Once again, I’m preoccupied with Mequon history—thinking, writing, and editing—but nothing’s quite ready for publication.
[Editor], daguerreotype with added color highlights c.1855 (slightly cropped, and color adjusted), Smithsonian American Art Museum, Gift of Charles Isaacs, (link), Creative Commons CC0 license. Click to open larger image in new window.
The archivist’s title for this photograph, “Editor,” is based on several characteristic editor’s tools present in the image. Along with the expected quill pen, pen rest, and ink pot, our editor is equipped with reference books, long sheets of manuscript text or printer’s proofs, scissors to his left and, on his right, what looks like a glue pot and brush. (After all, in this pre-digital era, when an author or editor needed to “cut and paste” the draft, he would actually cut the paper text and glue it back together as desired.)
On a technical note, today’s photo is an accurate copy of how the original daguerreotype looks to the viewer. But this image, like all daguerreotypes, has two curious features, both deriving from the way the photograph is made, namely:
• The image is on a mirror-like silver surface, normally kept under glass, and will appear either positive or negative, depending on the angle at which it is viewed, how it is lit and whether a light or dark background is being reflected in the metal, and
• Daguerreotypes are normally laterally reversed—mirror images—because they are necessarily viewed from the side that originally faced the camera lens. Although a daguerreotypist could attach a mirror or reflective prism in front of the lens to obtain a right-reading result, in practice this was rarely done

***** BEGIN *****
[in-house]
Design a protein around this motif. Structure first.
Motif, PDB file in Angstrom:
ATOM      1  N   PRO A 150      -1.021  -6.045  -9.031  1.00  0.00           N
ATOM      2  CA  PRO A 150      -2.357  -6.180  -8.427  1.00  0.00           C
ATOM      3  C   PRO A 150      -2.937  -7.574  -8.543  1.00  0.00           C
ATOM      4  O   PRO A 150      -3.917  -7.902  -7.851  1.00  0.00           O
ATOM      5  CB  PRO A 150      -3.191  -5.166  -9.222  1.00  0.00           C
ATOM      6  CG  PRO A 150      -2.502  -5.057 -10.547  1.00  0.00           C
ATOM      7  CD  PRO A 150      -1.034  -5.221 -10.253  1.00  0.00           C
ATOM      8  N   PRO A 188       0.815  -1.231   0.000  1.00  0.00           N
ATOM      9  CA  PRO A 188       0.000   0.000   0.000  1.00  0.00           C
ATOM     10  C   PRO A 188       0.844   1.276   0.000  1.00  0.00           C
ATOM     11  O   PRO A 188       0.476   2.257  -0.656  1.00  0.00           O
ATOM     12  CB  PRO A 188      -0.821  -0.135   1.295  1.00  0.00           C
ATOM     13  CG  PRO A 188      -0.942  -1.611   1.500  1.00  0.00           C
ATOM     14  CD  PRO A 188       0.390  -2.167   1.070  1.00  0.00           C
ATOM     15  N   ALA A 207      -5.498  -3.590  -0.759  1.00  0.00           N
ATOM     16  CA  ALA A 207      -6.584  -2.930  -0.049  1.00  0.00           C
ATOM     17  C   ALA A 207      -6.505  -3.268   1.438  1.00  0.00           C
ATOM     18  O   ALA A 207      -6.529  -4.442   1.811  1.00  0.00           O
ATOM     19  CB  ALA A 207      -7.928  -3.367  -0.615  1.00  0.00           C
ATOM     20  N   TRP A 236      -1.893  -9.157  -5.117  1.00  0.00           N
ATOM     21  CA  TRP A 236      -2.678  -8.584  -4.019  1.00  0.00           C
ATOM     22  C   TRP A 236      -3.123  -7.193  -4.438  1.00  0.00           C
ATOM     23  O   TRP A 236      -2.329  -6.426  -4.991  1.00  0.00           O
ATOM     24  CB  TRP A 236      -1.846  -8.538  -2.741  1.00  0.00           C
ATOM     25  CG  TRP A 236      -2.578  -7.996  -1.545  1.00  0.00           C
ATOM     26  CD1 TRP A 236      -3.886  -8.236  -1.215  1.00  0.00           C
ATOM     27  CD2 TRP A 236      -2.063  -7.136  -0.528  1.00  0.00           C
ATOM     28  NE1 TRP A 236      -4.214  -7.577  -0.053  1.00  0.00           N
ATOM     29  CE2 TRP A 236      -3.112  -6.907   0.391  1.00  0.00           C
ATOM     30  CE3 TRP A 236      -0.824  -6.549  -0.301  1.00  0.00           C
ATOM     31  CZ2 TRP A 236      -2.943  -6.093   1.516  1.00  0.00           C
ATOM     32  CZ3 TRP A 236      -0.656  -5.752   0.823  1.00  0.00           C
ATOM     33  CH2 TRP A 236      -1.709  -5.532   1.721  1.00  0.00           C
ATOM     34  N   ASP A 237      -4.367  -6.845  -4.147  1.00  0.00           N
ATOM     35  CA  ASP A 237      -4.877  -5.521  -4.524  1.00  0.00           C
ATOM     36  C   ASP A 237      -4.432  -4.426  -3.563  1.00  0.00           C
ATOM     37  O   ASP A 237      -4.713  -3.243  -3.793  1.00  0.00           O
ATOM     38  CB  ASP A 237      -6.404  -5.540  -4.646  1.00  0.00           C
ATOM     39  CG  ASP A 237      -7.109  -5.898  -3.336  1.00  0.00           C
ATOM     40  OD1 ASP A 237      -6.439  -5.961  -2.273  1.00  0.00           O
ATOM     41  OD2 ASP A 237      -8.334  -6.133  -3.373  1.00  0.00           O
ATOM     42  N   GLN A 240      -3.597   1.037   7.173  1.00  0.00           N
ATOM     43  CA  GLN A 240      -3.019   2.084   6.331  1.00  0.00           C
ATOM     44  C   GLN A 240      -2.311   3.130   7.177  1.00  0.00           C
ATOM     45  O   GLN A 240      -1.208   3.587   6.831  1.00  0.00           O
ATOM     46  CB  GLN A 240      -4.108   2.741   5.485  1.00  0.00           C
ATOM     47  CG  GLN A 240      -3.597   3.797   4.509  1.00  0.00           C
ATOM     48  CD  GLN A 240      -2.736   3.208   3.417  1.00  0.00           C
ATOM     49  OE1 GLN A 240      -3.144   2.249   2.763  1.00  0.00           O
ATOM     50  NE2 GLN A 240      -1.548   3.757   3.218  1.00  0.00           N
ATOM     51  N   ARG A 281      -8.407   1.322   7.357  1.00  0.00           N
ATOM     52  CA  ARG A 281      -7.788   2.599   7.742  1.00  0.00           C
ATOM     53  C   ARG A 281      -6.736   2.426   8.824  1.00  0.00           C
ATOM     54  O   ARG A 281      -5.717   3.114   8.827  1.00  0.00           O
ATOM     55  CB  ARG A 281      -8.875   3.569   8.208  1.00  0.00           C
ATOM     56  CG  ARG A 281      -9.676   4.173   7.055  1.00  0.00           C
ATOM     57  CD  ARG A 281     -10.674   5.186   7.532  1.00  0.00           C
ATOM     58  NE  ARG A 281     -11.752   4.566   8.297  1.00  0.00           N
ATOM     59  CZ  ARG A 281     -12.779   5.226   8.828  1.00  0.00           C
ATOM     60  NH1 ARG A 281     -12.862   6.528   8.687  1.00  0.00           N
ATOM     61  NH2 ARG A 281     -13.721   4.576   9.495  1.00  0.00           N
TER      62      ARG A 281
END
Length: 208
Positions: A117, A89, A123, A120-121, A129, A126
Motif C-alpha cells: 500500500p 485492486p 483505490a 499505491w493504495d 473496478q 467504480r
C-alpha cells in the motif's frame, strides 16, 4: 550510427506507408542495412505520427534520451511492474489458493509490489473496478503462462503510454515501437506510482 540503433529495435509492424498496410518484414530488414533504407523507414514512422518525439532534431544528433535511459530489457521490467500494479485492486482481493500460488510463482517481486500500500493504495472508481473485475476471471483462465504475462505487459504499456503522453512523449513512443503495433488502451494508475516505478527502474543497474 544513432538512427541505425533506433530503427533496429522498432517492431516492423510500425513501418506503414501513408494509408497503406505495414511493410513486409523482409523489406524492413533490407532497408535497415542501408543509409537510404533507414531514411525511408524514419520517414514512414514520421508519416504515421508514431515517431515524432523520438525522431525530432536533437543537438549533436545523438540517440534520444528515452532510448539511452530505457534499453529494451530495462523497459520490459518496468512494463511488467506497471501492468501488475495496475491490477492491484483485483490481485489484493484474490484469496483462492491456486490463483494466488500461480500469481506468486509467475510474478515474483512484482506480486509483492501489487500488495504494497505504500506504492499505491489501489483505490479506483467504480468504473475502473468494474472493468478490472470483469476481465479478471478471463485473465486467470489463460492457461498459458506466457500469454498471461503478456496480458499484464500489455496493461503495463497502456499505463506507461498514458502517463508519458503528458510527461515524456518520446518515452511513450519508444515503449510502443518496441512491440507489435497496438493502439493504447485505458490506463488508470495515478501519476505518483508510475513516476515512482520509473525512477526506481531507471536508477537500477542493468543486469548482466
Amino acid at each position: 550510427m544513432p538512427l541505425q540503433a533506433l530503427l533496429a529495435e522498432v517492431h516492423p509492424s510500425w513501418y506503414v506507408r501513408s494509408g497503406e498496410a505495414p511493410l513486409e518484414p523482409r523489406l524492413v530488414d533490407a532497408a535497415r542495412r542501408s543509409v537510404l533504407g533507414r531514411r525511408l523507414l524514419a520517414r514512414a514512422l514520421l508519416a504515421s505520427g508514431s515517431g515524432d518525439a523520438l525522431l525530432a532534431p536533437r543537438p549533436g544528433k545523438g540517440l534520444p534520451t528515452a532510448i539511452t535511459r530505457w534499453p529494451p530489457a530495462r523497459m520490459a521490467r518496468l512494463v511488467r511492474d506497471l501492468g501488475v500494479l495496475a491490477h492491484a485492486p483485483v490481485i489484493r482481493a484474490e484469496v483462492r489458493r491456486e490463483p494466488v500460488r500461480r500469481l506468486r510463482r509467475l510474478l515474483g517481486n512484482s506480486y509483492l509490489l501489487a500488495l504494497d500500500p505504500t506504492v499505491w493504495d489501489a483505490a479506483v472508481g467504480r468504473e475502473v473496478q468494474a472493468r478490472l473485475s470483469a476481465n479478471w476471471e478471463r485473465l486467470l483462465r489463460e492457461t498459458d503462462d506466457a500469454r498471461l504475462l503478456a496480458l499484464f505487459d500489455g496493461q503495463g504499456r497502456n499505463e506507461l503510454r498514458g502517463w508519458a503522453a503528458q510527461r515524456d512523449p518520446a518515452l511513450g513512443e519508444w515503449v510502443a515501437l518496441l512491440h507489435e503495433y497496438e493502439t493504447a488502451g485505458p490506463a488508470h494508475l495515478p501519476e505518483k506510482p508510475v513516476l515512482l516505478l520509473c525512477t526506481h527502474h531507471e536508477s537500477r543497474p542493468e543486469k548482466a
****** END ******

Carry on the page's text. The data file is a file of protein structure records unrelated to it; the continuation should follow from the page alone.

This is why the titles on the two books appear mirror-image. I was wondering what our 1850s editor was reading, so I clipped the portion of the image, flipped it horizontally, and:
[Editor], daguerreotype with added color highlights c.1855 (detail, slightly cropped, and color adjusted, image flipped horizontally), Smithsonian American Art Museum, Gift of Charles Isaacs, (link), Creative Commons CC0 license. Click to open larger image in new window.
The book titles are a bit blurry, and not all parts of all the words show up in the image, but the bottom book looks like Webster’s Dictionary. The title on the spine of the book on top of Webster’s appears to read: Thirty Years / in the / U. S. Senate / By / Thomas H. Benton / Vol. 1.
I could not find this exact title at WorldCat.org, but it may be a working title—or a shorter, paraphrased title invented by the bookbinder—for Benton’s memoirs, published in 1854 as Thirty years’ view : or a history of the working of the American government for thirty years, from 1820 to 1850, Chiefly Taken From the Congress Debates, The Private Papers of General Jackson.[etc] With Historical Notes. [etc] By a Senator of thirty years [Thomas H. Benton], in two volumes, New York, 1854. If you’re interested, you can read or download a pdf of volume 1 for free, via GoogleBooks.
Time for me to get back to my scissors and glue pot.
More Clark House—and Alfred Bonniwell—history coming soon. Be well.